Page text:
NewsNational NewsMFP's Alcoholic Beverage Policy Ignites Interest in Local Producers Across Thailand

MFP’s Alcoholic Beverage Policy Ignites Interest in Local Producers Across Thailand

The Move Forward Party’s (MFP) recent proposal to promote alcoholic beverage production by local makers throughout Thailand has generated significant interest, with individuals from various regions expressing their desire to become producers. A lecturer at Rajamangala University of Technology Isan highlighted that Thailand’s alcoholic beverages industry has an estimated annual value of 400 billion baht, with a majority of the market share held by major producers. He argued that amending the law to allow local producers to sell alcohol would distribute income to communities.

Bhuchiss Tanwanichkul, an expert in Western beverages production at Rajamangala University of Technology Isan Khonkaen Campus, emphasized that MFP’s liquor policy would create opportunities for local individuals to become producers of alcoholic drinks. He mentioned that the government sector would need to revise laws to facilitate the entry of small producers into the industry. Additionally, these new producers would require knowledge about raw materials and the correct and safe manufacturing processes. Bhuchiss stressed the importance of prioritizing consumer safety and suggested that relevant agencies should be involved in all stages of production, from upstream to downstream, including the development of both hard liquor and beer.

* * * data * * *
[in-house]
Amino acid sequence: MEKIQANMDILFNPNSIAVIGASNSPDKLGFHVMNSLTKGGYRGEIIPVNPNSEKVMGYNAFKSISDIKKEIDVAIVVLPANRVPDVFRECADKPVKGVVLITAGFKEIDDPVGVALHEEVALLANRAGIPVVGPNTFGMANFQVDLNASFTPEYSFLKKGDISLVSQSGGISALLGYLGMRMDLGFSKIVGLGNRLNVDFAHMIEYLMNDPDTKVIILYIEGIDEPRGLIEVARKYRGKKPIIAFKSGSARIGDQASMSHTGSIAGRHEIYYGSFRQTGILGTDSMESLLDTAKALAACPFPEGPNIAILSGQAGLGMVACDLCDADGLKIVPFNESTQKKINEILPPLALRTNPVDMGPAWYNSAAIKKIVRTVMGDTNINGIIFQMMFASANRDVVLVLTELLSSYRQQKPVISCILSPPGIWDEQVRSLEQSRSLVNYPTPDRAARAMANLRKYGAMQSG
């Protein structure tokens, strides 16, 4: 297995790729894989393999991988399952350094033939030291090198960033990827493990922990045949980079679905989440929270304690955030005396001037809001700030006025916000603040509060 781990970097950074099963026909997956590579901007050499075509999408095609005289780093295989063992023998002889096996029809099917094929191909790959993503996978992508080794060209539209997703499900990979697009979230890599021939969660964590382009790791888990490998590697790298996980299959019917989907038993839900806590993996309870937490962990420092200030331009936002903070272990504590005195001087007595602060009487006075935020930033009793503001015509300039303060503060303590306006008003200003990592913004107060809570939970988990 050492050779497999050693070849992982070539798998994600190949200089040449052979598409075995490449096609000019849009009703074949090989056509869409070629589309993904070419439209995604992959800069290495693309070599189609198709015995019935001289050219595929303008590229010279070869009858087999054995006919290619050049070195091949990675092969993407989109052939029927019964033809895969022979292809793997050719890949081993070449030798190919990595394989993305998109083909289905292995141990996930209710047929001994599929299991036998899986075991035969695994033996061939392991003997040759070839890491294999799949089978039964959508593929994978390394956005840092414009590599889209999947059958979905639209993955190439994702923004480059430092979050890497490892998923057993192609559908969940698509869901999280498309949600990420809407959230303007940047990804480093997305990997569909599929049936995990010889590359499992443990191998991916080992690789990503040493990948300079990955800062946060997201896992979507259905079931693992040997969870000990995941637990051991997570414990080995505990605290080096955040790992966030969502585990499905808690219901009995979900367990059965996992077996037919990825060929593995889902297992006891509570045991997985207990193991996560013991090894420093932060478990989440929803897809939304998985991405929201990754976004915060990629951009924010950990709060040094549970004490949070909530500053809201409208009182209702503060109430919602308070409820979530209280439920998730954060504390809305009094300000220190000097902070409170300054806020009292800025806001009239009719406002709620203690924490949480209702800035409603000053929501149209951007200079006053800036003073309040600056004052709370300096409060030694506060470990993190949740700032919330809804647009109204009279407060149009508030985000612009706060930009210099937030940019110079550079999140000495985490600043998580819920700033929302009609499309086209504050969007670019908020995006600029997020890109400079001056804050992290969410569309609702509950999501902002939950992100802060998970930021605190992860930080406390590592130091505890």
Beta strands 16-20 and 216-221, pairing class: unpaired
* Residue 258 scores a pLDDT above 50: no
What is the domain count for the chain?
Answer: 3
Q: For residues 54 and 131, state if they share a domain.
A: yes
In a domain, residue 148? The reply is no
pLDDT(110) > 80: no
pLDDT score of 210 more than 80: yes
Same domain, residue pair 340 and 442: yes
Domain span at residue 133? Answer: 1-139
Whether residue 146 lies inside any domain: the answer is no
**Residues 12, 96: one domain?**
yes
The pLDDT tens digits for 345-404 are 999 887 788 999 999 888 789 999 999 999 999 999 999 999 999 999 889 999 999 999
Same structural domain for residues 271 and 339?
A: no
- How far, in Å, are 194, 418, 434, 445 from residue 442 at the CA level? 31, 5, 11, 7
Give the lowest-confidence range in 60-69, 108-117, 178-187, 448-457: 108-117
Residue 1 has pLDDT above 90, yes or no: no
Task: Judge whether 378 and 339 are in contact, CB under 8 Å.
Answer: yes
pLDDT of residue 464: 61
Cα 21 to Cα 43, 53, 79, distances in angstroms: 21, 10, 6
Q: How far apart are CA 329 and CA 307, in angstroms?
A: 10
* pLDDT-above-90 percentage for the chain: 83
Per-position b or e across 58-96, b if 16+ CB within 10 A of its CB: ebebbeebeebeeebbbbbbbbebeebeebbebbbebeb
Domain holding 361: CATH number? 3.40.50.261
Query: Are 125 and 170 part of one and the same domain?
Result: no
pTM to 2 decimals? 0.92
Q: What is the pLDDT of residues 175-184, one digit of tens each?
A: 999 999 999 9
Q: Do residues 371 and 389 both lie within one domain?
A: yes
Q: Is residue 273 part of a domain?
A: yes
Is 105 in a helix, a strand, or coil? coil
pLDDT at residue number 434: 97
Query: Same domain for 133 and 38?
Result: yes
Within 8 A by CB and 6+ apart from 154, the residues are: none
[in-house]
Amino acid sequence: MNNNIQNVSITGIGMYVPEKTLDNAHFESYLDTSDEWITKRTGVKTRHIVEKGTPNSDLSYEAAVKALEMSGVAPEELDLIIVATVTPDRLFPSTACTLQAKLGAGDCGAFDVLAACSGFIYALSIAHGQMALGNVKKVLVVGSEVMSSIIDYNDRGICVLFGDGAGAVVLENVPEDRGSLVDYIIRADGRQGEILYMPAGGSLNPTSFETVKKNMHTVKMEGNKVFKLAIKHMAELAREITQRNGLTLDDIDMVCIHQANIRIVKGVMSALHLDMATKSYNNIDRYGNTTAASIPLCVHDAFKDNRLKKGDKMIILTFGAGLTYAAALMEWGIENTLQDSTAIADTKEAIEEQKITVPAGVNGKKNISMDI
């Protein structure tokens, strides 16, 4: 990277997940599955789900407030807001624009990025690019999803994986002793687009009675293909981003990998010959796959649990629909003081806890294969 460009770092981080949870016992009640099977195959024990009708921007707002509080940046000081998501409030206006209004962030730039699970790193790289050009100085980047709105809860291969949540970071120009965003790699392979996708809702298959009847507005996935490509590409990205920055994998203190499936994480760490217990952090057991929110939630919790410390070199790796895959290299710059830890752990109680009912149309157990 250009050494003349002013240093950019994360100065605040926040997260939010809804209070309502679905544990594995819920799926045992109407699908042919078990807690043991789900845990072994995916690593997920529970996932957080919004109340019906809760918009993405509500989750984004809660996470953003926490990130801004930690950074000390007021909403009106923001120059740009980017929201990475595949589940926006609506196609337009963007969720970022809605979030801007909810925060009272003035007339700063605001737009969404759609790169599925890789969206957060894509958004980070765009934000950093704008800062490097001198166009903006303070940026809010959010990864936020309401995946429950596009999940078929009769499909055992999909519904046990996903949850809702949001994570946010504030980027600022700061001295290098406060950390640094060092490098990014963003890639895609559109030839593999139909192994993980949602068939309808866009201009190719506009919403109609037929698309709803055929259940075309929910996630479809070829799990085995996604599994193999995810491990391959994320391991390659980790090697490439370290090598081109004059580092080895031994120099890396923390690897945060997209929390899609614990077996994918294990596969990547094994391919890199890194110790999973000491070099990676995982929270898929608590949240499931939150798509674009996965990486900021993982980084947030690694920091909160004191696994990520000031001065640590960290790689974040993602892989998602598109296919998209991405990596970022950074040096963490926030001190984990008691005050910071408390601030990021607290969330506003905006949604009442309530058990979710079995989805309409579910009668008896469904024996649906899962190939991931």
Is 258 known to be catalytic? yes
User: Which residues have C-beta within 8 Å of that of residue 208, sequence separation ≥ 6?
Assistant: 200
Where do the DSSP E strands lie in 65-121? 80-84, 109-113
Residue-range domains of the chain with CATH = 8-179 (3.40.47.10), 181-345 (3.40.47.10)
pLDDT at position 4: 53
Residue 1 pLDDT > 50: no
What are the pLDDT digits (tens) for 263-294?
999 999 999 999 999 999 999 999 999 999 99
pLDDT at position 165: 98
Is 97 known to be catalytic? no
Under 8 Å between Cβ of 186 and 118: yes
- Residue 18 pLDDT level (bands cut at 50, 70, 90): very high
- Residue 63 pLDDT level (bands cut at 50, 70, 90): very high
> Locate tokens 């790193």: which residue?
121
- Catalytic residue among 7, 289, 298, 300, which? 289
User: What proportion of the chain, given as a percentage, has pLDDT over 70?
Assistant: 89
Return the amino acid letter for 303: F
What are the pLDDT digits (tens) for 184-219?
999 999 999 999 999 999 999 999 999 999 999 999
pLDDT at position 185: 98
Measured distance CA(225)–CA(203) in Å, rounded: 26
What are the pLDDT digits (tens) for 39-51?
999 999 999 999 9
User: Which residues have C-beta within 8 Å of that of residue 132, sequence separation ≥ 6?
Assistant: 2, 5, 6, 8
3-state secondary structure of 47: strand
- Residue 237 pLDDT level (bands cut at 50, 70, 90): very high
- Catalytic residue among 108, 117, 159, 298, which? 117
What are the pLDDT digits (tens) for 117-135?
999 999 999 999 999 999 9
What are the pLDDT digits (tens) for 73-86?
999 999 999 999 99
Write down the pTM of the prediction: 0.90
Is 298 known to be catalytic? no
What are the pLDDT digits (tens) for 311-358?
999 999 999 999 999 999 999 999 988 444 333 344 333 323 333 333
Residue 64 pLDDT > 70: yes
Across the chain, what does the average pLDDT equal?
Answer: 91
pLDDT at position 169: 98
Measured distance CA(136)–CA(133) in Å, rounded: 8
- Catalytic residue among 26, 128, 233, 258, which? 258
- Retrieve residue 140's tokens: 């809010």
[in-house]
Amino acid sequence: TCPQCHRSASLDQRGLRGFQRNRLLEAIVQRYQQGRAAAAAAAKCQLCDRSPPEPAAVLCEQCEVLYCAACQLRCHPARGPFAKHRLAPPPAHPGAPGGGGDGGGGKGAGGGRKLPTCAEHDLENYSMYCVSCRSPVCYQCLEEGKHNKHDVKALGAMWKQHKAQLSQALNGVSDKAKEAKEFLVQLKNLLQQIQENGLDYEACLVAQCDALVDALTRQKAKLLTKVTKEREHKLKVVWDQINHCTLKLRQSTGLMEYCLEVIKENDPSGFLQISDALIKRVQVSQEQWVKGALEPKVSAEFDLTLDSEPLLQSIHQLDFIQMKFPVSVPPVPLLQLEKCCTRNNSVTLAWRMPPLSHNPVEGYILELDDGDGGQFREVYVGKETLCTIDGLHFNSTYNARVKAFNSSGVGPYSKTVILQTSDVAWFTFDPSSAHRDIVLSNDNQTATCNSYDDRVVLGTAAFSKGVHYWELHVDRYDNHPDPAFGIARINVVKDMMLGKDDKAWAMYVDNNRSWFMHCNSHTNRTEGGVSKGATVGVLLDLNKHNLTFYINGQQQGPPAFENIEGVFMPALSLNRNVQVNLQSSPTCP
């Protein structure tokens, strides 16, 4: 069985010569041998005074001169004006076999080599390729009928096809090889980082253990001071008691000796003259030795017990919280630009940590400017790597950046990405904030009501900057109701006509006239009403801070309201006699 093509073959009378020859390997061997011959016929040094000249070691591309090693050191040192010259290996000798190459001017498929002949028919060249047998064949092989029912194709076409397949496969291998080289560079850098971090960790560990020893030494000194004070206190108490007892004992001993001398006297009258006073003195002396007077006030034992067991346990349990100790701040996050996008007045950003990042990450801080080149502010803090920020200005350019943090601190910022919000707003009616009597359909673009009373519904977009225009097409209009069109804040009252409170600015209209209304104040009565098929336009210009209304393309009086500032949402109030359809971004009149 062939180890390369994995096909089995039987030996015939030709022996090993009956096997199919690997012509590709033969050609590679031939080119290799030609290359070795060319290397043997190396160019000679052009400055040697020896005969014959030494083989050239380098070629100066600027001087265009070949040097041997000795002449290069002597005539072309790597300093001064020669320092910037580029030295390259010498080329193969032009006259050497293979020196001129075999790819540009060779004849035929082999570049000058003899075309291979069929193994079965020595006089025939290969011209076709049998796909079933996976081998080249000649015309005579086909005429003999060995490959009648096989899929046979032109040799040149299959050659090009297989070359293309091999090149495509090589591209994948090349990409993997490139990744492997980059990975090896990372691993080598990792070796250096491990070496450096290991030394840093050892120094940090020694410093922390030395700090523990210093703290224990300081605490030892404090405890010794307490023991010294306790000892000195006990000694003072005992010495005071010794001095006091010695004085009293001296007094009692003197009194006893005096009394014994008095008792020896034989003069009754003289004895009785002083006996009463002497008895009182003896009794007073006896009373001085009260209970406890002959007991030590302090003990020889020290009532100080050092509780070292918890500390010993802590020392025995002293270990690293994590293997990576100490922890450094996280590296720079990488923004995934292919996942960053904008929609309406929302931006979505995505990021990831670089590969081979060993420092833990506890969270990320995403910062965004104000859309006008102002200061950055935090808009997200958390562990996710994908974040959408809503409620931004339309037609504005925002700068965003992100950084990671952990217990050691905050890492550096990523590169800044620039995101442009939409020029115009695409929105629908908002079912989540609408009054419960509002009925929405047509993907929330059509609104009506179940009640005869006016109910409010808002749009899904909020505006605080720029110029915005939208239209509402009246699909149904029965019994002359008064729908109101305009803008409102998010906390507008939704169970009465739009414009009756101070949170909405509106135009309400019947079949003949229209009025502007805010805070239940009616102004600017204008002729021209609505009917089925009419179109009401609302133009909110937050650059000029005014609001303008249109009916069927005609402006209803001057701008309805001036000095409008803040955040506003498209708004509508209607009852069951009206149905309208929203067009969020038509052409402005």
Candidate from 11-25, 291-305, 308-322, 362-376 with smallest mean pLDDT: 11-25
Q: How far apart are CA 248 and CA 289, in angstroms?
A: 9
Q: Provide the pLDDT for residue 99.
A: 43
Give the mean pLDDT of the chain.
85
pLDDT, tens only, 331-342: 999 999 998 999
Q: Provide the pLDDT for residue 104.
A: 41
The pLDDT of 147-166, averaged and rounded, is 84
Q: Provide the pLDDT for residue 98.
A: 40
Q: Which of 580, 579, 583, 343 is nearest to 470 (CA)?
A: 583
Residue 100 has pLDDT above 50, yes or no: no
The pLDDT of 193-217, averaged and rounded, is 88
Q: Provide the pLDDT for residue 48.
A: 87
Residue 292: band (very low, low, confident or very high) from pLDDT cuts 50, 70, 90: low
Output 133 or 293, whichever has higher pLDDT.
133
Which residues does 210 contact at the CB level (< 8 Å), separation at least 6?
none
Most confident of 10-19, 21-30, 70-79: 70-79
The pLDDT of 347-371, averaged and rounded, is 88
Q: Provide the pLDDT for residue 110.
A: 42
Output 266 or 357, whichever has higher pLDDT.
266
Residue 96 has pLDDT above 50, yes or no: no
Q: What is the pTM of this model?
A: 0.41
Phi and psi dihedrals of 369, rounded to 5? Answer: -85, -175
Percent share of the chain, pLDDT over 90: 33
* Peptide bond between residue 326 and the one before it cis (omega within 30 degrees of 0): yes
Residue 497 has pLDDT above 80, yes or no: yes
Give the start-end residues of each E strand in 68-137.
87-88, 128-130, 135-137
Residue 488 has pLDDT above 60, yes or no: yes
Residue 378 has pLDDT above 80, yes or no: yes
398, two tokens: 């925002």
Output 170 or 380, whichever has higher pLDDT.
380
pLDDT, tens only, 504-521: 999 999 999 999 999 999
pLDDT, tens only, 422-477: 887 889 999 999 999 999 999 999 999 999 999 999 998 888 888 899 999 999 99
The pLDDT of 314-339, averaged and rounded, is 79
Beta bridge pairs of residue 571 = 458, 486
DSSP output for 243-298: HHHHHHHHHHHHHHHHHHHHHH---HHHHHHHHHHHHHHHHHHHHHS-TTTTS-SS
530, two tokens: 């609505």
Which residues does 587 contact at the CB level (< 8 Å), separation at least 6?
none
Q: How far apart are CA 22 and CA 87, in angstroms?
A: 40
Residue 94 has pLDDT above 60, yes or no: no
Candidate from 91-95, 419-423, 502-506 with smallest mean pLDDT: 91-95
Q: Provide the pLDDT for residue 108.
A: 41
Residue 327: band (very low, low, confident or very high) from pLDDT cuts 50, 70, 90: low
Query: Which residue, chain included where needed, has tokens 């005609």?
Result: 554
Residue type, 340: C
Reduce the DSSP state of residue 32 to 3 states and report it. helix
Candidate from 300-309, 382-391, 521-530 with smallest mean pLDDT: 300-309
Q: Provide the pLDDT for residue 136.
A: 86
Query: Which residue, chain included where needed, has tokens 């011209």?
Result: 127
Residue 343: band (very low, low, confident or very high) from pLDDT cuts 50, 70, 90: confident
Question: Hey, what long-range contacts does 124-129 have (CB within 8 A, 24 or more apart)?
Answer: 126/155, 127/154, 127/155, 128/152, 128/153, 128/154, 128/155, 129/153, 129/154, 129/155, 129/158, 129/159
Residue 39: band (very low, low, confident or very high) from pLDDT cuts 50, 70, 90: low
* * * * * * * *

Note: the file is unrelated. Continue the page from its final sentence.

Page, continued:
Bhuchiss further explained that legalizing community-made liquor or craft beer would stimulate economic growth. He highlighted the need for relevant agencies to quickly provide producer communities with expertise in food science, particularly in food processing through fermentation. Thailand’s year-round abundance of fruits presents an opportunity to add value to these fruits. As an example, he mentioned the Ban Haet golden mangos in Khon Kaen, which are on the verge of receiving geographical indicator registration. Currently, the mangos that do not meet quality requirements are sold at low prices, but if used in the production of community-made liquor, their value could increase by 5-10 times.

Responding to concerns about potential increases in drink-and-drive accidents resulting from the promotion of small liquor producers, Bhuchiss noted that the type of alcoholic beverage involved would need to be determined. He also mentioned that it remains uncertain whether the availability of brews from small producers would lead to more people consuming alcohol. However, he emphasized that this move would offer consumers a greater variety of choices.

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